While I go back and forth on whether I believe Keynesian Economics works in to the extent that it is being employed by the current Administration (and the last one for that matter) I am positive about one thing about Keynesian Economics – when the public is footing the bill waste will be plentiful.
One of my favorite non-personal finance site is The Cato Institute. They update it every couple days with editorials that were featured throughout the Country in major newspapers. When I saw the title, “Just Another Government Pyramid” written by Jim Powell (originally appearing in The DC Examiner) I had to read the article. Truth be told I thought it was going to talk about Social Security as a Ponzi Scheme. However, I quickly figured out what the article was about,
Obama envisions a government-run “infrastructure bank” to overhaul America’s transportation networks. This sounds like the kind of grandiose project politicians love to brag about — the modern equivalent of pyramids. They cost a fortune, they look great, they increase the number of government employees but do little if anything for living standards.
Ah, we are talking about Government Wasteful Building Projects. Mr. Powell provides some great examples of the waste that can incur.
Examples of Wasteful Government Building Projects
Javits Center Government Waste
During the stagflation of the 1970s, New York City’s economy tanked, and state development officials approved a new 675,000 square foot facility that became the Javits Convention Center.
The New York Times reported on “the shoddy work and high bills of politically connected consultants and contractors. Complicated by a bid-rigging scandal and structural problems, the project fell two years behind schedule and was $111 million over budget.”
Boston’s Wasteful Big Dig
In 1985, Boston’s “Big Dig” was estimated to cost $2.6 billion, and it was scheduled to be finished by 1998. Taxpayers around the country picked up most of the tab. The project, that re-routed eight-lane Interstate 93 through a 3.5-mile long tunnel in an effort to reduce traffic congestion, was years late.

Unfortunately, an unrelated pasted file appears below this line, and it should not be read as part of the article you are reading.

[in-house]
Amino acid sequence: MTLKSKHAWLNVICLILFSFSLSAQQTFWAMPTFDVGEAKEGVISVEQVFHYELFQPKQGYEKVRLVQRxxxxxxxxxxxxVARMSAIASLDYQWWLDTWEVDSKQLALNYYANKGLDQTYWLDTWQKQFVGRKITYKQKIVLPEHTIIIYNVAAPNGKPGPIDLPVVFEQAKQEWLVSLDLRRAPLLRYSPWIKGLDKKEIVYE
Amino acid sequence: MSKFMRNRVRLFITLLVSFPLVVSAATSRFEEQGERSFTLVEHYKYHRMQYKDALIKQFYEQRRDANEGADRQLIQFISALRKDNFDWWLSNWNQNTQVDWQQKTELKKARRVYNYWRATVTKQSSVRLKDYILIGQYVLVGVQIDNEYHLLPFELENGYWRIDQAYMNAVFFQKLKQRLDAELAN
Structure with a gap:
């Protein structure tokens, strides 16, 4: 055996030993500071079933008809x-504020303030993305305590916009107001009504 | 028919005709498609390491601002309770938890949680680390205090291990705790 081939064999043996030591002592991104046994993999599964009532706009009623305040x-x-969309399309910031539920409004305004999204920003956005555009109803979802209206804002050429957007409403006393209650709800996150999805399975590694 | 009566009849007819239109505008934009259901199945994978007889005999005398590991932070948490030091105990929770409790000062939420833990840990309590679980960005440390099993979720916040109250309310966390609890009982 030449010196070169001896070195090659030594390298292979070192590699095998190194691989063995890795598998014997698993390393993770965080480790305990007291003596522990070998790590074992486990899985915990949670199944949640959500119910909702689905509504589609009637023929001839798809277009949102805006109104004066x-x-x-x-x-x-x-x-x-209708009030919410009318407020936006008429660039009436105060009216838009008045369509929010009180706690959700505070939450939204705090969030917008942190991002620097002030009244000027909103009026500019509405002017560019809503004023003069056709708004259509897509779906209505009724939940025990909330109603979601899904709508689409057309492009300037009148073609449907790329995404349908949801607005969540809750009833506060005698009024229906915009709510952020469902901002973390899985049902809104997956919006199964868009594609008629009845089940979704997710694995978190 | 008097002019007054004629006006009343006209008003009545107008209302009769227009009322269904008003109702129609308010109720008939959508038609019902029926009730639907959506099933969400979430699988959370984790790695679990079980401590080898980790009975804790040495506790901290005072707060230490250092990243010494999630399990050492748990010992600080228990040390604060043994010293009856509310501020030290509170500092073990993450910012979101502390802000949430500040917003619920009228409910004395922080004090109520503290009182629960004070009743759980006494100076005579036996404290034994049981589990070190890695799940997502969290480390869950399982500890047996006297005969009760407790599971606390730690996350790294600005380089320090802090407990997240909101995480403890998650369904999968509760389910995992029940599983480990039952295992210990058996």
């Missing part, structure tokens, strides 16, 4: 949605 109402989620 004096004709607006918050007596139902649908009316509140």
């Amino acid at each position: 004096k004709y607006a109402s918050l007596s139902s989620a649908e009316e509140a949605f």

The project ended up costing $14.6 billion, and interest on debt reportedly will push the total to $22 billion. According to the Boston Globe, the project improved downtown traffic flows and induced people to drive more. Unintended consequence: “Many motorists going to and from the suburbs at peak rush hours are spending more time stuck in traffic, not less.”
Wasteful Federal Government Spending
Obviously the Federal Government isn’t much better and Mr. Powell highlights multiple projects but here are 2 of my favorites:
How has government done with something more modest like a mail sorting facility? In the early 1990s, the U.S. Postal Service authorized spending $199.7 million for a new Main Post Office in Chicago.
Because of poor planning and other problems, the project eventually cost $332.9 million. The Postal Service subsequently acknowledged that despite all the money spent on the Main Post Office, Chicago suffers from the slowest mail delivery of any major U.S. city.
Or how about something really simple such as a visitor center? Members of Congress caught grandiose fever and approved a proposal for the Capitol Visitors Center. Initially budgeted at $71 million, this became a $621 million, 580,000 square foot shrine to spending – three-quarters the size of the U.S. Capitol itself. It opened in December 2008 and will appeal to everyone who enjoys what the Washington Post calls “slick pomposity.”
If government spending makes you sick OR you don’t believe it happens you should really check out the article in full.